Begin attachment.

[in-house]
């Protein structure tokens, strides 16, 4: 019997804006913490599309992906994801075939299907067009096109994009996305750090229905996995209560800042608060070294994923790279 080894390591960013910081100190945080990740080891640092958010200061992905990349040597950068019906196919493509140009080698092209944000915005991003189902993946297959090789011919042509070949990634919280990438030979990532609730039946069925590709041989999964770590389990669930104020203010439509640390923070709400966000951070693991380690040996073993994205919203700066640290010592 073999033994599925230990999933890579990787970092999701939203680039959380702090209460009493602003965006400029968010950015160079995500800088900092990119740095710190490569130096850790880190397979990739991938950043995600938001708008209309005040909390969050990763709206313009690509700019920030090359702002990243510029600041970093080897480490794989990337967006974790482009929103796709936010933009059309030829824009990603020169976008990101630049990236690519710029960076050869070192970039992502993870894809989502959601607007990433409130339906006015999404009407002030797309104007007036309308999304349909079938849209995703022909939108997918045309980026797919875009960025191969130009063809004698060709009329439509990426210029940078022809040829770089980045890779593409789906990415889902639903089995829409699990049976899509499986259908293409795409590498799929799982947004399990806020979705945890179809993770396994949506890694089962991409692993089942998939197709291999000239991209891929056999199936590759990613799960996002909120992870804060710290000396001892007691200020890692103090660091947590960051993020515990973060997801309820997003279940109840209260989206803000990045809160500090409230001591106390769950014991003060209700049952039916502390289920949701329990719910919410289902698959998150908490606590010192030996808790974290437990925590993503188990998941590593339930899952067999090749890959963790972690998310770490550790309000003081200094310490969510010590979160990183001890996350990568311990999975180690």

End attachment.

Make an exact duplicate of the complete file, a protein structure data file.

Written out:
[in-house]
């Protein structure tokens, strides 16, 4: 019997804006913490599309992906994801075939299907067009096109994009996305750090229905996995209560800042608060070294994923790279 080894390591960013910081100190945080990740080891640092958010200061992905990349040597950068019906196919493509140009080698092209944000915005991003189902993946297959090789011919042509070949990634919280990438030979990532609730039946069925590709041989999964770590389990669930104020203010439509640390923070709400966000951070693991380690040996073993994205919203700066640290010592 073999033994599925230990999933890579990787970092999701939203680039959380702090209460009493602003965006400029968010950015160079995500800088900092990119740095710190490569130096850790880190397979990739991938950043995600938001708008209309005040909390969050990763709206313009690509700019920030090359702002990243510029600041970093080897480490794989990337967006974790482009929103796709936010933009059309030829824009990603020169976008990101630049990236690519710029960076050869070192970039992502993870894809989502959601607007990433409130339906006015999404009407002030797309104007007036309308999304349909079938849209995703022909939108997918045309980026797919875009960025191969130009063809004698060709009329439509990426210029940078022809040829770089980045890779593409789906990415889902639903089995829409699990049976899509499986259908293409795409590498799929799982947004399990806020979705945890179809993770396994949506890694089962991409692993089942998939197709291999000239991209891929056999199936590759990613799960996002909120992870804060710290000396001892007691200020890692103090660091947590960051993020515990973060997801309820997003279940109840209260989206803000990045809160500090409230001591106390769950014991003060209700049952039916502390289920949701329990719910919410289902698959998150908490606590010192030996808790974290437990925590993503188990998941590593339930899952067999090749890959963790972690998310770490550790309000003081200094310490969510010590979160990183001890996350990568311990999975180690």